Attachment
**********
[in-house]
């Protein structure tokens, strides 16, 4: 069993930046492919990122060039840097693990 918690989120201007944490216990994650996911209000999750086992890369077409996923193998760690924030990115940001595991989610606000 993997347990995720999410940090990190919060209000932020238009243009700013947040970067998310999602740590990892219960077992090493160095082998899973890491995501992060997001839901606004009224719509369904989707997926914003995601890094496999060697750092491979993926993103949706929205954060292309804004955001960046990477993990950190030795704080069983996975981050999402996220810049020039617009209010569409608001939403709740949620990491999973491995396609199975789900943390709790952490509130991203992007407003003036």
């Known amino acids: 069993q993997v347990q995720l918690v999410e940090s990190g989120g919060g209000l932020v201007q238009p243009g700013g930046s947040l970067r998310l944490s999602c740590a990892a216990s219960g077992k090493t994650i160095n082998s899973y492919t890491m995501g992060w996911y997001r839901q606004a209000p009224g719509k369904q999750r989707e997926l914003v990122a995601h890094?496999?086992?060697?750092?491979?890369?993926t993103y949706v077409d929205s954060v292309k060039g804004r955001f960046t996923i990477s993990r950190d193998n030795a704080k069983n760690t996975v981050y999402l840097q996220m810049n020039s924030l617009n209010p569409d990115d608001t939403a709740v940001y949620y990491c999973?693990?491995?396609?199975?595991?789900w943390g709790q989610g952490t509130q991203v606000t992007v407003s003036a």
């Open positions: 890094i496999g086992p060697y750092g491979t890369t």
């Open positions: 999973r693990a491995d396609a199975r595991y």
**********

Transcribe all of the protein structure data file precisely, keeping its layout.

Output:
[in-house]
């Protein structure tokens, strides 16, 4: 069993930046492919990122060039840097693990 918690989120201007944490216990994650996911209000999750086992890369077409996923193998760690924030990115940001595991989610606000 993997347990995720999410940090990190919060209000932020238009243009700013947040970067998310999602740590990892219960077992090493160095082998899973890491995501992060997001839901606004009224719509369904989707997926914003995601890094496999060697750092491979993926993103949706929205954060292309804004955001960046990477993990950190030795704080069983996975981050999402996220810049020039617009209010569409608001939403709740949620990491999973491995396609199975789900943390709790952490509130991203992007407003003036």
């Known amino acids: 069993q993997v347990q995720l918690v999410e940090s990190g989120g919060g209000l932020v201007q238009p243009g700013g930046s947040l970067r998310l944490s999602c740590a990892a216990s219960g077992k090493t994650i160095n082998s899973y492919t890491m995501g992060w996911y997001r839901q606004a209000p009224g719509k369904q999750r989707e997926l914003v990122a995601h890094?496999?086992?060697?750092?491979?890369?993926t993103y949706v077409d929205s954060v292309k060039g804004r955001f960046t996923i990477s993990r950190d193998n030795a704080k069983n760690t996975v981050y999402l840097q996220m810049n020039s924030l617009n209010p569409d990115d608001t939403a709740v940001y949620y990491c999973?693990?491995?396609?199975?595991?789900w943390g709790q989610g952490t509130q991203v606000t992007v407003s003036a």
């Open positions: 890094i496999g086992p060697y750092g491979t890369t």
């Open positions: 999973r693990a491995d396609a199975r595991y």